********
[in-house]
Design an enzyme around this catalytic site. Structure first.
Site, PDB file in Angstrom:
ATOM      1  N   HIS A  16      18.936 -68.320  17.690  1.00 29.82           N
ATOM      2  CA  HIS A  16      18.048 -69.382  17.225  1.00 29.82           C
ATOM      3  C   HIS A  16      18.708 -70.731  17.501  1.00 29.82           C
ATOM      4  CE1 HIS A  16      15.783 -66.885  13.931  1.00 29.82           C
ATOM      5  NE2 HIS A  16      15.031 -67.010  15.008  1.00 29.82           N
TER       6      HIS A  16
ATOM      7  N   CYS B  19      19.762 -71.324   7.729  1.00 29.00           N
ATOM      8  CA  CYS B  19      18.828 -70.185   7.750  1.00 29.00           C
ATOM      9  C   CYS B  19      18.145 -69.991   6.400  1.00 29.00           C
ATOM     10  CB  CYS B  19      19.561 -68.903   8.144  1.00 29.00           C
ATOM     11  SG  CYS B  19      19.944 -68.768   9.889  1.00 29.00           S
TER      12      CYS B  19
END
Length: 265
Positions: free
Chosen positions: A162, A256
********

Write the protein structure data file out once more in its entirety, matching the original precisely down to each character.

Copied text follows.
[in-house]
Design an enzyme around this catalytic site. Structure first.
Site, PDB file in Angstrom:
ATOM      1  N   HIS A  16      18.936 -68.320  17.690  1.00 29.82           N
ATOM      2  CA  HIS A  16      18.048 -69.382  17.225  1.00 29.82           C
ATOM      3  C   HIS A  16      18.708 -70.731  17.501  1.00 29.82           C
ATOM      4  CE1 HIS A  16      15.783 -66.885  13.931  1.00 29.82           C
ATOM      5  NE2 HIS A  16      15.031 -67.010  15.008  1.00 29.82           N
TER       6      HIS A  16
ATOM      7  N   CYS B  19      19.762 -71.324   7.729  1.00 29.00           N
ATOM      8  CA  CYS B  19      18.828 -70.185   7.750  1.00 29.00           C
ATOM      9  C   CYS B  19      18.145 -69.991   6.400  1.00 29.00           C
ATOM     10  CB  CYS B  19      19.561 -68.903   8.144  1.00 29.00           C
ATOM     11  SG  CYS B  19      19.944 -68.768   9.889  1.00 29.00           S
TER      12      CYS B  19
END
Length: 265
Positions: free
Chosen positions: A162, A256